What's Up With Apple: iOS 14.5 in the Wild, New Apple Silicon and More

The long-awaited update to iOS has finally been released into the wild. Apple Inc. (NASDAQ: AAPL) on Monday officially released iOS 14.5, an update to the operating system the company first released to the public less than a year ago in September. A new iPad OS 14.5 was released at the same time.

The most publicized change in the new operating system is Apple’s App Tracking Transparency feature that requires apps to ask for and receive permission from people to track their movements among apps. Other features include a Face ID upgrade that will work for people wearing masks, new voices for Siri, support for hardware tracking gizmos called AirTags, and a host of other changes and improvements in various Apple apps.

A report in Nikkei Asia claims that Apple has begun producing its next-generation M2 silicon. Apple, of course, has said nothing one way or the other, but the rumored chip could begin quantity production in July, just in time for the typical fall product announcement. The odds-on favorite now is the new M2 chip will be used in the company’s MacBook line, most likely in the MacBook Pro. By the way, M2 may not even be the official name.

According to a report from 9to5Mac, additional connections for Thunderbolt and for more than one external monitor are among the features that will be added to the next-gen chip. Apple could also increase the number of computing and graphics cores from eight each in the M1 chip to as many as 20. The M2, like its predecessor, would have integrated CPU, graphics, and neural engine capabilities.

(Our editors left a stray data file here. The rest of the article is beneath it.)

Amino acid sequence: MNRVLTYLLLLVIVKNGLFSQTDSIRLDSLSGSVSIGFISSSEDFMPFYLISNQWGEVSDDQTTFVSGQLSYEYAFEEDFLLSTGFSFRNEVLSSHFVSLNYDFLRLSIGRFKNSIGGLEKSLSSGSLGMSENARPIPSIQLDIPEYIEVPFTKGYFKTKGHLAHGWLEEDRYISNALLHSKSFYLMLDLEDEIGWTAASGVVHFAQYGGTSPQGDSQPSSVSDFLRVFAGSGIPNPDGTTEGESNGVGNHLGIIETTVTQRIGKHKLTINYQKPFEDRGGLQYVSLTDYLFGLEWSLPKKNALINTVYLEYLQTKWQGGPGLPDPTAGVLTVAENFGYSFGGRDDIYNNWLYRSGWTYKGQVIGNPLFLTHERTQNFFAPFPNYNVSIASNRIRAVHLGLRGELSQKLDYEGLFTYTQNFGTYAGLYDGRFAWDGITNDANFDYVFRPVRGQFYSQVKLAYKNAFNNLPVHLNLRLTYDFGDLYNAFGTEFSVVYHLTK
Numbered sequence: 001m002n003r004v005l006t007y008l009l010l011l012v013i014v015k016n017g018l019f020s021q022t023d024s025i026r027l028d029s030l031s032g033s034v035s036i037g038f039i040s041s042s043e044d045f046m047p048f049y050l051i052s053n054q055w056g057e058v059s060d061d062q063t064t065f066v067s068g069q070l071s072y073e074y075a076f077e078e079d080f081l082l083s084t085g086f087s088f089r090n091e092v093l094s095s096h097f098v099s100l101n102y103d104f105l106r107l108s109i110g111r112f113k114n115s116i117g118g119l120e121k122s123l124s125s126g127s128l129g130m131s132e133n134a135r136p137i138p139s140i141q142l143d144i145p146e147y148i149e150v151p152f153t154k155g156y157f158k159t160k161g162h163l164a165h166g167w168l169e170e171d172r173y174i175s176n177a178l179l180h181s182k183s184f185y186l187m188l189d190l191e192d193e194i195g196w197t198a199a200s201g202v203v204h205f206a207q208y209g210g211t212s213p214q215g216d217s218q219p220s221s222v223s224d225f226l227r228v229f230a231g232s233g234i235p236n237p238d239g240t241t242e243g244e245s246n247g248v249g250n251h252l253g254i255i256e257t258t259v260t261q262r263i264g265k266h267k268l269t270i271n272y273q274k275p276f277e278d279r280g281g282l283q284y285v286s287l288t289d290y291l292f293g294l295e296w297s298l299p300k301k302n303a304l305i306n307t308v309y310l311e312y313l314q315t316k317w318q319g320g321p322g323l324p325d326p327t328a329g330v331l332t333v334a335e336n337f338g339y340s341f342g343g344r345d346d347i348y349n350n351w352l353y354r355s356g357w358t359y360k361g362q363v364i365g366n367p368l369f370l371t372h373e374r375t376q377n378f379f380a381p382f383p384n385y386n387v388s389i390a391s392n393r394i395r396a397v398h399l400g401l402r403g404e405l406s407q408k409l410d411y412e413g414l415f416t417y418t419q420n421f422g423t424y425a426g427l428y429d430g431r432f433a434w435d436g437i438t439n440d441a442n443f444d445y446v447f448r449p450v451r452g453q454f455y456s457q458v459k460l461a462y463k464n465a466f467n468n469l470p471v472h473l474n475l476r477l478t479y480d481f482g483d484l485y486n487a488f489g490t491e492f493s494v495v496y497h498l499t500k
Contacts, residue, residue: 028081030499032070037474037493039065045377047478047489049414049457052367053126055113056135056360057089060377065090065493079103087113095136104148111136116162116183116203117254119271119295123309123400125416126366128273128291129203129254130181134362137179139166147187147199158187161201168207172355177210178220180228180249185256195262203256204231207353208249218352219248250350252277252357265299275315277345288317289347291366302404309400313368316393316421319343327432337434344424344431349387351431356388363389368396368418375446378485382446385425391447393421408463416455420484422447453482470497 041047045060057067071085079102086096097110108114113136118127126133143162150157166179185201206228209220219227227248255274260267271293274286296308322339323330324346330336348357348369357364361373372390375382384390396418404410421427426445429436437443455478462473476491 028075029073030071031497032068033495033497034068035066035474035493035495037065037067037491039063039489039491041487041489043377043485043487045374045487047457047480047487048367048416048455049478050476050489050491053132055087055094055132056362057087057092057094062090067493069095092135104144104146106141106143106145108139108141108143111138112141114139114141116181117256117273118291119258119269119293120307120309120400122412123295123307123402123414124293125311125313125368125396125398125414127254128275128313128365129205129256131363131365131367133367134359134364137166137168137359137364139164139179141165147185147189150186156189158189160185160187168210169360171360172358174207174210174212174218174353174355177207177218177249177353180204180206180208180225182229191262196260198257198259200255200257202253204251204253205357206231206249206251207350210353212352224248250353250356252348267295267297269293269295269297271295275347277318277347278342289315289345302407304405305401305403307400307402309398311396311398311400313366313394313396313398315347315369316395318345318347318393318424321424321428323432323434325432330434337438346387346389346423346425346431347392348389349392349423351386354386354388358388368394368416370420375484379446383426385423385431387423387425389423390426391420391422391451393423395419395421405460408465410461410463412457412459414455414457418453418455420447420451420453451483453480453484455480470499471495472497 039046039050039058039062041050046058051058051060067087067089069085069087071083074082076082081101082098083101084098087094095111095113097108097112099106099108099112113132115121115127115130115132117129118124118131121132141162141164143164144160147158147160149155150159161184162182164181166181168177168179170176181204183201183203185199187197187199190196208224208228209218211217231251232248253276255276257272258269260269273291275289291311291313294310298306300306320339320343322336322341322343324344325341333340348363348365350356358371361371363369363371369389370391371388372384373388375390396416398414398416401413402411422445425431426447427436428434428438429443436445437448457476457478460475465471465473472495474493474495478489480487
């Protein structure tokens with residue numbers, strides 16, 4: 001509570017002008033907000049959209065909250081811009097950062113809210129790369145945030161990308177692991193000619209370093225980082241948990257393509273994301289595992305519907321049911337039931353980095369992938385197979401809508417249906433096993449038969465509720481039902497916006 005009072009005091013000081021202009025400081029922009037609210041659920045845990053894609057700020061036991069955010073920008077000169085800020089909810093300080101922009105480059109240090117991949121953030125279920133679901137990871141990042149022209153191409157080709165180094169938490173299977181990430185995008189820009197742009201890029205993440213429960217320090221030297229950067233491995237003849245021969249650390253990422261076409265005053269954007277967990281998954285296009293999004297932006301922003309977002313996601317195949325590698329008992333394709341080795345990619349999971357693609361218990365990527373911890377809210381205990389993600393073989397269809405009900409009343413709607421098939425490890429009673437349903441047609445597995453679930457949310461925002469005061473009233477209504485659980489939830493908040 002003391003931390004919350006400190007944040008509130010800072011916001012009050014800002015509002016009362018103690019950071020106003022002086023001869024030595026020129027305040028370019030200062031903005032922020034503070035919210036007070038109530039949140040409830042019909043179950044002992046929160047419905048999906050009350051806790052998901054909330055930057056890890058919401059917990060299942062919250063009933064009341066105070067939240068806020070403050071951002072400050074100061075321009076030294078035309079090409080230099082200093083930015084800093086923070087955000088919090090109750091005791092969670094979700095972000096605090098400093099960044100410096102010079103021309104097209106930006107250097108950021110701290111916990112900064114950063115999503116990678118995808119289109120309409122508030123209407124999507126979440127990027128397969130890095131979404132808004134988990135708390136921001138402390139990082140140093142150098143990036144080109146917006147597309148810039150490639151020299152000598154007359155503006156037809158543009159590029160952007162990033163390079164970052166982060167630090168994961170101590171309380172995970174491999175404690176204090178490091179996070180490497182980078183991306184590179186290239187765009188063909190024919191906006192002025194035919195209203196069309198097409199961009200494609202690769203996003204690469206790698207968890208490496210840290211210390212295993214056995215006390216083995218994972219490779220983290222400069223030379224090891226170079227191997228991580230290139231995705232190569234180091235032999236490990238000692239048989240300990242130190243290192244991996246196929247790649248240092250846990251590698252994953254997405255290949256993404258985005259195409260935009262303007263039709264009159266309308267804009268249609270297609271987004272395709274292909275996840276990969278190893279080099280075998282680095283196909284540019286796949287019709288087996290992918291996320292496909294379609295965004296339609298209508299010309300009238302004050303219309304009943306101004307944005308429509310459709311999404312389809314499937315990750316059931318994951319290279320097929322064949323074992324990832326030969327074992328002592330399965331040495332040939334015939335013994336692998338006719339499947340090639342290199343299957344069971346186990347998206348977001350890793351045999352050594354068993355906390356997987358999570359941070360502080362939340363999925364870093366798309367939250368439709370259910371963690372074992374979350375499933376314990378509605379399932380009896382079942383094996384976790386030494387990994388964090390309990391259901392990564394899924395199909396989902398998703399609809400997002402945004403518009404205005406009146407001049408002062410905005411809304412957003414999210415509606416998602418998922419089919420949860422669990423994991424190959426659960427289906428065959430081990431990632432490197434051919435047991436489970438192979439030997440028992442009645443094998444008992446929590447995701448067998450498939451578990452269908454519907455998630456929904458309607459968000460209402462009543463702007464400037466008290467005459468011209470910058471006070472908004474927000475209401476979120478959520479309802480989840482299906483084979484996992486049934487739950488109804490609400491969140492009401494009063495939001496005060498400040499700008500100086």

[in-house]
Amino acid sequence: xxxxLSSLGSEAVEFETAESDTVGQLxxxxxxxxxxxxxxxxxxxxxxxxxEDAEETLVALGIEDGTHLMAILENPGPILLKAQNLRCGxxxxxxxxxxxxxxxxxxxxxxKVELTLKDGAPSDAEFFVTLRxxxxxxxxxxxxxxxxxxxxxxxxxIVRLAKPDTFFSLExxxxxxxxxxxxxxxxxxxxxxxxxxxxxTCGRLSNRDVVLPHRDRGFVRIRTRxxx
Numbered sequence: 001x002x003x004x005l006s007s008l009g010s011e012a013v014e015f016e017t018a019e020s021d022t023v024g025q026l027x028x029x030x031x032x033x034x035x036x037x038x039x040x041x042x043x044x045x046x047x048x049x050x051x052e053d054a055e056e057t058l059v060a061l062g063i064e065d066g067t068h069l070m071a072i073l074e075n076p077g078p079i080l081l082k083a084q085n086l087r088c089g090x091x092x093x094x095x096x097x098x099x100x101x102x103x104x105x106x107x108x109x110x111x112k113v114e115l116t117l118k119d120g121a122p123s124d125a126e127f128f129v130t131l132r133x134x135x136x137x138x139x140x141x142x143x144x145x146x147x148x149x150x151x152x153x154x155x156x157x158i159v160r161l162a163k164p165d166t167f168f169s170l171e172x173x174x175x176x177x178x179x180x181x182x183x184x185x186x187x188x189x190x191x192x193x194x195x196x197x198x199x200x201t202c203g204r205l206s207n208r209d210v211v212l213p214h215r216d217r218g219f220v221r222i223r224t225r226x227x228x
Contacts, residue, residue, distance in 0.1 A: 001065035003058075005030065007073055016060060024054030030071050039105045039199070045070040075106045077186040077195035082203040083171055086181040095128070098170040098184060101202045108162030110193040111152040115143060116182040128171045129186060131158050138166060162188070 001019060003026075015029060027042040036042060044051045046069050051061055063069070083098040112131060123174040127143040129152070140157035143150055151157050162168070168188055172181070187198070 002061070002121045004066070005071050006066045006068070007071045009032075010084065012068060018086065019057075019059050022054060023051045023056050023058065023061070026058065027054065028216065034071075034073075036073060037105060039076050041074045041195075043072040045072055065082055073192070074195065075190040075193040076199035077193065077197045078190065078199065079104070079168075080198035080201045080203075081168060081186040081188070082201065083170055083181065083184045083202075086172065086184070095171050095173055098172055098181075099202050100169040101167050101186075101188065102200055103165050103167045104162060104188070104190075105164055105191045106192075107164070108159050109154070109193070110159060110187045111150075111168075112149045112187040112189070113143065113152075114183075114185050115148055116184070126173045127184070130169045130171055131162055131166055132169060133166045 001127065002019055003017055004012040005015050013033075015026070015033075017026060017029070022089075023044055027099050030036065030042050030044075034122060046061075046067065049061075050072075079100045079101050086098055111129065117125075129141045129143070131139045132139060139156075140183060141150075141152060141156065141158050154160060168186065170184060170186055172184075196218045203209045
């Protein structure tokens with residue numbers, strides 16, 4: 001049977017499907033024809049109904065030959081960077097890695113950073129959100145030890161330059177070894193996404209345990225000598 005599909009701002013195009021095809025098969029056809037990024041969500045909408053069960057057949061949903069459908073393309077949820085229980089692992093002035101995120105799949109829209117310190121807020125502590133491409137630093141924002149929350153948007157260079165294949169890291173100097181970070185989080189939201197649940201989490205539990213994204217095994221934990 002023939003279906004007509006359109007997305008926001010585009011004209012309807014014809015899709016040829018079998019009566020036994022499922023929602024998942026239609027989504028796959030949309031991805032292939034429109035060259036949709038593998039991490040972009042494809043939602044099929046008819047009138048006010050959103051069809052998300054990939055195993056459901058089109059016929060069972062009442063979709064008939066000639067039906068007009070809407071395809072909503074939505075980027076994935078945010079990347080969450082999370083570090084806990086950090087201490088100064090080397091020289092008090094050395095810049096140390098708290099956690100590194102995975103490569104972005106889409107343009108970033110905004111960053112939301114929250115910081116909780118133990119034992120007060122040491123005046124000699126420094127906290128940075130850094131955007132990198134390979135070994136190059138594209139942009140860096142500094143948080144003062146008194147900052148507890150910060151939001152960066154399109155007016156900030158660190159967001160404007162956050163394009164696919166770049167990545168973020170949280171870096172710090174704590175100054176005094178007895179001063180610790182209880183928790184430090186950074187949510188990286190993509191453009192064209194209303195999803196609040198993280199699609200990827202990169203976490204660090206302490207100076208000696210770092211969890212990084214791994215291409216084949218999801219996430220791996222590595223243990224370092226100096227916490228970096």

Also on Monday, Apple announced that it had increased its planned five-year goal set in 2018 of spending $350 billion on U.S. investments to $430 billion. The company said that the investments include “tens of billions of dollars for next-generation silicon development and 5G innovation” in nine states.

The headline feature is a new Apple campus in the Research Triangle area of North Carolina that the company said eventually would include at least 3,000 new jobs. Apple reported 147,000 total employees last year, about 90,000 of which are spread across all 50 states. In its announcement, Apple claims it supports 2.7 million American jobs through “direct employment, spending with US suppliers and manufacturers, and developer jobs in the thriving iOS app economy,” and that the company “is the largest taxpayer in the US and has paid almost $45 billion in domestic corporate income taxes over the past five years alone.”

The Financial Times reported Tuesday morning that, by the end of this week, the European Union’s competition chief, Margrethe Vestager, plans to charge Apple with using anti-competitive practices in violation of EU law. The report cited “several people with direct knowledge of the announcement.”

The rumored charges would be the result of a 2019 complaint from music streaming company Spotify, alleging the same sorts of charges Apple faces in the United States in a lawsuit brought by Fortnite developer Epic Games.